Seeing the Universe in a new light

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How did the first galaxies form? What is it like on distant worlds? The most powerful space telescope ever constructed is helping Edinburgh scientists answer some of the biggest questions in the Universe, writes Corin Campbell, PR and Media Manager in Communication and Marketing.
Image of the Carina Nebula taken by the James Webb Space Telescope

Orbiting the Sun a million miles from Earth, the James Webb Space Telescope has begun flipping through the back pages of cosmic history. Before long, it could reach the very start. The beginning of everything.

The $10 billion instrument – which only became operational a few months ago – is already helping astronomers worldwide explore the Universe in unprecedented depth and detail.

Among the hundreds of scientists already harnessing Webb’s revolutionary power are researchers from the University’s School of Physics and Astronomy.

Galaxies far, far away

In many respects, powerful telescopes like Webb are visual time machines. To our eyes, light travels in an instant, but even it can only go so fast – about 186,000 miles per second, to be precise. That means when we point a telescope at a far-off object in space, the light we see took time – often an astronomically long time – to get here. What we’re seeing are images from the past.

We have always been able to do some time travel with our own eyes. At 93 million miles, the Sun is only a galactic stone’s throw from Earth. When we look at it (but not directly, of course), it offers us a glimpse of the very recent past – what we see is how it looked around eight minutes ago.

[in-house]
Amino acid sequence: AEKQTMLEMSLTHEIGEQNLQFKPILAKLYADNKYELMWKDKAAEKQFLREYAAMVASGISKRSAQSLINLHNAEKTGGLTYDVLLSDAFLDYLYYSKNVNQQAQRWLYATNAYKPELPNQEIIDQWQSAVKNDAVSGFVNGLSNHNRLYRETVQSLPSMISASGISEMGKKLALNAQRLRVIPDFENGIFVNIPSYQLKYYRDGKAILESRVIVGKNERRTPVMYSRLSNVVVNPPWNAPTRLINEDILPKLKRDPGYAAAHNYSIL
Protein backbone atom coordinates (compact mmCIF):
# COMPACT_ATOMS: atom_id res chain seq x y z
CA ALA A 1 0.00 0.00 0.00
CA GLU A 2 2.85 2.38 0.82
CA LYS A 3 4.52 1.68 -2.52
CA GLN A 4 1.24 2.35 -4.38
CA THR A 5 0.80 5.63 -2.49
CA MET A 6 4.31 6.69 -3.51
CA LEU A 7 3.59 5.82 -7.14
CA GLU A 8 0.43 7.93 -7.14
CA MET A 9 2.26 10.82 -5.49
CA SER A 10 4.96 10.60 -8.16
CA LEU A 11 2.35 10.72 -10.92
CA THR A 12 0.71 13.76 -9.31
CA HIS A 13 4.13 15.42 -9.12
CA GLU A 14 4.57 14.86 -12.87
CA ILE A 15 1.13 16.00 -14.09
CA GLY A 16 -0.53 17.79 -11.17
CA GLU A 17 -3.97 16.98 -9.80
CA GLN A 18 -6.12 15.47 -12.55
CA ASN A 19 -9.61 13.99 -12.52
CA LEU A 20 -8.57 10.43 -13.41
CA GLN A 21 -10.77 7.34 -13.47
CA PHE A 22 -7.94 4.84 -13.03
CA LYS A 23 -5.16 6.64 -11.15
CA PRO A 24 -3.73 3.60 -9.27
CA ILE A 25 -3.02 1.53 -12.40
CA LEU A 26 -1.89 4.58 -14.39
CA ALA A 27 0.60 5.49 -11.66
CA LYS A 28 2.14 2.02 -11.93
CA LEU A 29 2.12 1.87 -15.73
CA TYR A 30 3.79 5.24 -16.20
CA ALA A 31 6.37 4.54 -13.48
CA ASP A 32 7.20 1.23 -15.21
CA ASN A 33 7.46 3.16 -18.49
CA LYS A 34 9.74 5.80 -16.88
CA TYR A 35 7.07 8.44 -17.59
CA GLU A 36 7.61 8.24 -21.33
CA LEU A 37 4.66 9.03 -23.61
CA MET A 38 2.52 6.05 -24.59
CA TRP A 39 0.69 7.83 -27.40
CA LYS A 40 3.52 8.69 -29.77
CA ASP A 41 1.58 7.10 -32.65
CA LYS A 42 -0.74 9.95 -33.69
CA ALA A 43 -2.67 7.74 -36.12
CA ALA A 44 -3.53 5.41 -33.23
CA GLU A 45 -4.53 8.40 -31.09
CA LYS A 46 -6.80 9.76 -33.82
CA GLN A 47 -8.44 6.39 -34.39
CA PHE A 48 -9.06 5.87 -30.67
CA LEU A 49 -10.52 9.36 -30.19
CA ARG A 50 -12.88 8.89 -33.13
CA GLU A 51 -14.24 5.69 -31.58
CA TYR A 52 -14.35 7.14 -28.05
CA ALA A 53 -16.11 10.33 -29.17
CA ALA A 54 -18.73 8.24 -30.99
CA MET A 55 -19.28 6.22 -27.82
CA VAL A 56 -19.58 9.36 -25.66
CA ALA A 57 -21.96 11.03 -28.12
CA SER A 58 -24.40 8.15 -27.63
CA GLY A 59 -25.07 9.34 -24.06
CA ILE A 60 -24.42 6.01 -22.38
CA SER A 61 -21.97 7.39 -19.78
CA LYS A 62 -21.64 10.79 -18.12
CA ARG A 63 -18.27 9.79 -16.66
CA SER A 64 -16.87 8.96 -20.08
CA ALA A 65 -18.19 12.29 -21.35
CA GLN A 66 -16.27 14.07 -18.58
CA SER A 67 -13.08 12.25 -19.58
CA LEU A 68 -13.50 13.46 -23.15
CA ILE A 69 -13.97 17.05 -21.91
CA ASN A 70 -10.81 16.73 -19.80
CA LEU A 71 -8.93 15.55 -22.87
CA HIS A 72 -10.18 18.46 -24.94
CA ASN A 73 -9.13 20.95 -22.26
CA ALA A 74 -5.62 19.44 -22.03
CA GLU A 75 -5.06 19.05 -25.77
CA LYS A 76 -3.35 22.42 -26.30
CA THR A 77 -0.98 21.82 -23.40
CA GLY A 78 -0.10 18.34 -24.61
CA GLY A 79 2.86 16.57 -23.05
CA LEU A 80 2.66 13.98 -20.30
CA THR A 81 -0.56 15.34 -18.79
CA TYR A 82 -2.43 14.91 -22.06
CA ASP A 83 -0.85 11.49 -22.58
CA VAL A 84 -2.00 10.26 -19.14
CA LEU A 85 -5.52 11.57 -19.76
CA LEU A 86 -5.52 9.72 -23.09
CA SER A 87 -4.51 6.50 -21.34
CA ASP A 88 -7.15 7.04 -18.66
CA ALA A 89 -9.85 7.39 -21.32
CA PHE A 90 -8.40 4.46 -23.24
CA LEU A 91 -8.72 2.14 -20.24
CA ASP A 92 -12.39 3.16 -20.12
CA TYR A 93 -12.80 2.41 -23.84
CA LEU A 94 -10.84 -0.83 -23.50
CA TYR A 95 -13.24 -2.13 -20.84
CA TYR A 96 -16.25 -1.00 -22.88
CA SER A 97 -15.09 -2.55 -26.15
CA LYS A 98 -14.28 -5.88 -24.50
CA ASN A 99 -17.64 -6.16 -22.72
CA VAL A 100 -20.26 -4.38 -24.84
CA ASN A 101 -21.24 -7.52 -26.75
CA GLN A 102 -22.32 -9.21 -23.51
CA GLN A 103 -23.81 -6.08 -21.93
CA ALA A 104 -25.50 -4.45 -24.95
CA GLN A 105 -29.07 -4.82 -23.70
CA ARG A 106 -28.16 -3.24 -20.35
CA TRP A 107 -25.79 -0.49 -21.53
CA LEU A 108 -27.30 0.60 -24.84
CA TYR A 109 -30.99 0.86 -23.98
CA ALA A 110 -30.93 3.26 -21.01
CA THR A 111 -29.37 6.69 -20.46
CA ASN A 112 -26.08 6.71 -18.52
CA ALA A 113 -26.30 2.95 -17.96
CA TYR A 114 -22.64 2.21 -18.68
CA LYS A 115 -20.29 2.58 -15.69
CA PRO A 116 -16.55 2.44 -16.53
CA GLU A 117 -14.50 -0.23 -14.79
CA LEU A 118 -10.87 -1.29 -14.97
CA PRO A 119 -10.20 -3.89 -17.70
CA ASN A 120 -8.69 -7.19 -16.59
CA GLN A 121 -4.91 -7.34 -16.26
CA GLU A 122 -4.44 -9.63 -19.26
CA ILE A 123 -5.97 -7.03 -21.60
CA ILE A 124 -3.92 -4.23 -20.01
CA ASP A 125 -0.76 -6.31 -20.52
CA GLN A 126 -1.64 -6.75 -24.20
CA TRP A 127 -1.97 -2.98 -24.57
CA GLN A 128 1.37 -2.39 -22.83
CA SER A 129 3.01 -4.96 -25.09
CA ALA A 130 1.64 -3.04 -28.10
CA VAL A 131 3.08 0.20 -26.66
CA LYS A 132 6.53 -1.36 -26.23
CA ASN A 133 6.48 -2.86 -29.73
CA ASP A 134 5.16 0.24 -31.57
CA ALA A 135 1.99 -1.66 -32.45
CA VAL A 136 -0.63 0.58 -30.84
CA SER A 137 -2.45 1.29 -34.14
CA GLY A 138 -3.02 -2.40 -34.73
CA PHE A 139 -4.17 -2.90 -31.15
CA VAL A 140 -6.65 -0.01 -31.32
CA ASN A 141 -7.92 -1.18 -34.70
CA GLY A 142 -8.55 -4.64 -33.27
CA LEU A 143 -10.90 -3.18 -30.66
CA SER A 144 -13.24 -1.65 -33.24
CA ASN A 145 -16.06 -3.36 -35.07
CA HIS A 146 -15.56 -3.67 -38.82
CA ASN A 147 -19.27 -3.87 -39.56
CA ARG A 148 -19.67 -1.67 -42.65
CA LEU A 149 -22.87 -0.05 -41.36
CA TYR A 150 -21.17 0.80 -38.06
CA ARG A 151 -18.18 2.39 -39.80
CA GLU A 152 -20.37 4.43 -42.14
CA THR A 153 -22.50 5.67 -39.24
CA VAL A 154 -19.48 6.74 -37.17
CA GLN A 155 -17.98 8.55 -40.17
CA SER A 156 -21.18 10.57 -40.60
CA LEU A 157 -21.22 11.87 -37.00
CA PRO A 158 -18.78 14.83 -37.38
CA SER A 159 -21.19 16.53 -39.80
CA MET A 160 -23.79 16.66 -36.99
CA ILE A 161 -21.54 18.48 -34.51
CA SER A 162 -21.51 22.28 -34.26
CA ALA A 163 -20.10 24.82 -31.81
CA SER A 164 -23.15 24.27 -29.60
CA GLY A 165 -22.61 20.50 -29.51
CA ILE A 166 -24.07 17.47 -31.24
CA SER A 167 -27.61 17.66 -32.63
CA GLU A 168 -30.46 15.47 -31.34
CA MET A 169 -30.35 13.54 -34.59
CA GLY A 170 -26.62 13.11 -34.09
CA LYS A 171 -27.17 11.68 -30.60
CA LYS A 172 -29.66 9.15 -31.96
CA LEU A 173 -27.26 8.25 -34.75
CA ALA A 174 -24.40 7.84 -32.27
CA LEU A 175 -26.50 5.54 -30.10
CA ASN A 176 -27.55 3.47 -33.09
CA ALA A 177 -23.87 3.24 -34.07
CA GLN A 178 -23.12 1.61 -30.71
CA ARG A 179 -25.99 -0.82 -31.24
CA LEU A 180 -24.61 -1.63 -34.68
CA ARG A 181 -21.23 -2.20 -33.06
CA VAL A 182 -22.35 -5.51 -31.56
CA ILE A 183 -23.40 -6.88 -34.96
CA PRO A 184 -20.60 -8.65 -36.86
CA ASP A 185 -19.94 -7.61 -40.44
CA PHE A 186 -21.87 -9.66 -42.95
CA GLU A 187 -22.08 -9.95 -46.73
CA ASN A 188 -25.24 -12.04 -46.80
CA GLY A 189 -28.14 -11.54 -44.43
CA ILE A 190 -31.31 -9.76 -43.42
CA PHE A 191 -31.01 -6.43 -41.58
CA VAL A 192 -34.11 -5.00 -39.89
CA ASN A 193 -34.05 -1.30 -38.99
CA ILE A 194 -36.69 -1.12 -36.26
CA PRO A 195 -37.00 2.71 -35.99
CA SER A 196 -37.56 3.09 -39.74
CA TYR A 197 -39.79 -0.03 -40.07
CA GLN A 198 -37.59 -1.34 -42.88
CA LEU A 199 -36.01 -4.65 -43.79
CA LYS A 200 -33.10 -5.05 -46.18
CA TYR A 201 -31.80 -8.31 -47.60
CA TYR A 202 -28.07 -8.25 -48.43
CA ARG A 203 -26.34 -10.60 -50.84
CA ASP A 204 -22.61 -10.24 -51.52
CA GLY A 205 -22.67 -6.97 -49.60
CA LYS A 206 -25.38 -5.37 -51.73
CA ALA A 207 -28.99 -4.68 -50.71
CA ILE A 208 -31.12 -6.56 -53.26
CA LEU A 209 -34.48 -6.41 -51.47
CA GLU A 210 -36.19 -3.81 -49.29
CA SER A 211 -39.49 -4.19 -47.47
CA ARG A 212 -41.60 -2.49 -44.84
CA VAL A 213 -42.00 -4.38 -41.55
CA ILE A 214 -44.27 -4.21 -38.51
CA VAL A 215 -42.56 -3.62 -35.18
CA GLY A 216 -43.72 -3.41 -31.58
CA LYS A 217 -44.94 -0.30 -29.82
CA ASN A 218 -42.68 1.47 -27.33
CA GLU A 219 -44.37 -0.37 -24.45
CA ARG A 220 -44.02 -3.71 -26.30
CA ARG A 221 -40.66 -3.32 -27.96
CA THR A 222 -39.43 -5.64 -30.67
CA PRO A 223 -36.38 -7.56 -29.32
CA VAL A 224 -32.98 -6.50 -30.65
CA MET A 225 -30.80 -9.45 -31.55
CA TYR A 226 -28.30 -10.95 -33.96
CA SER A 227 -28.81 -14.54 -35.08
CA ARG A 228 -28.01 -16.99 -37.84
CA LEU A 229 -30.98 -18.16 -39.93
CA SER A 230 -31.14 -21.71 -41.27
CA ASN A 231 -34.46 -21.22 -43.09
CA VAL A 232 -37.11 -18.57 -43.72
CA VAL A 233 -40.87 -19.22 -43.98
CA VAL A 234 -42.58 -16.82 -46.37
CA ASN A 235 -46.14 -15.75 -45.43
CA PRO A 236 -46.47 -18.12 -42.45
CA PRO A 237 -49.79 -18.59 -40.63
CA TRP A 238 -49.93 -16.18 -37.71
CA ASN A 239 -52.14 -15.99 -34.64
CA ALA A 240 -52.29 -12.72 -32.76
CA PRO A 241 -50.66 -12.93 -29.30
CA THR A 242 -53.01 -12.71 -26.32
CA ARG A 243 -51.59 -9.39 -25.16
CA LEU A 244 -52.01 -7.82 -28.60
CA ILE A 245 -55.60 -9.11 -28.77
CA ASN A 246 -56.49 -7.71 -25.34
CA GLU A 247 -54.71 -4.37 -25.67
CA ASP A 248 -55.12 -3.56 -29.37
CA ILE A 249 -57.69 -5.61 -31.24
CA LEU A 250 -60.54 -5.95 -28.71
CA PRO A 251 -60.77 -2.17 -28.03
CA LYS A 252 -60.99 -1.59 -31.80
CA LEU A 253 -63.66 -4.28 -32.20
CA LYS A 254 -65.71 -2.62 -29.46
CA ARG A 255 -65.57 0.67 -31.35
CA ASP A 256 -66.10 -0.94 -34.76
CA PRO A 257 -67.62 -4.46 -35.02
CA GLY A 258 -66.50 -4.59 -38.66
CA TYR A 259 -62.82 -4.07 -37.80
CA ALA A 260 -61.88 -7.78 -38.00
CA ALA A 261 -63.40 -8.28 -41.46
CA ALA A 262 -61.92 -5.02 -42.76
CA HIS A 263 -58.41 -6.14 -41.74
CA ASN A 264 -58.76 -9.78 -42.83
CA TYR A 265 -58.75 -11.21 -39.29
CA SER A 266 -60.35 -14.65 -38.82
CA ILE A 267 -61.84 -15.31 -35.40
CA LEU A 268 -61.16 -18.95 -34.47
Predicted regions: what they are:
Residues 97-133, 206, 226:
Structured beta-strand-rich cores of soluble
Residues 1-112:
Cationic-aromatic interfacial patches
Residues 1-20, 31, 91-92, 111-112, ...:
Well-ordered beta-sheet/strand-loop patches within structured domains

One of the things that’s so revolutionary about Webb is that it’s capable of seeing back more than 13.5 billion years, to the very dawn of the Universe, when the first stars and galaxies formed after the Big Bang.

“The Holy Grail is finding the first galaxies and discovering what they’re made of,” says Professor Jim Dunlop, Head of the School of Physics and Astronomy. He leads one of the largest of Webb’s research programmes, which it is predicted could reveal around 120,000 galaxies, most of which have never been seen before.

“There are various phases in the history of the Universe,” Dunlop explains. “There’s the very beginning of it and there’s the beginning of life, and somewhere in between is the period when the elements of life were made inside the first stars. That phase must be there, but we’ve not yet been able to find it. If we can’t do it with Webb, I don’t know if we ever will.”

The James Webb Space Telescope being launched from French Guiana on 25 December 2021

After launching in December 2021, Webb spent several months travelling to an observational sweet spot – known as Lagrange Point 2 – about four times farther away from Earth than the Moon. There, with a sunshield the size of a tennis court, and the gravity of the Sun and the Earth keeping its orbit in lockstep with our planet, Webb is perfectly positioned to scour far corners of the Universe.

Dr Adam Carnall’s work is focused on studying the early formation and evolution of the most massive galaxies in the Universe – which also happen to be the oldest.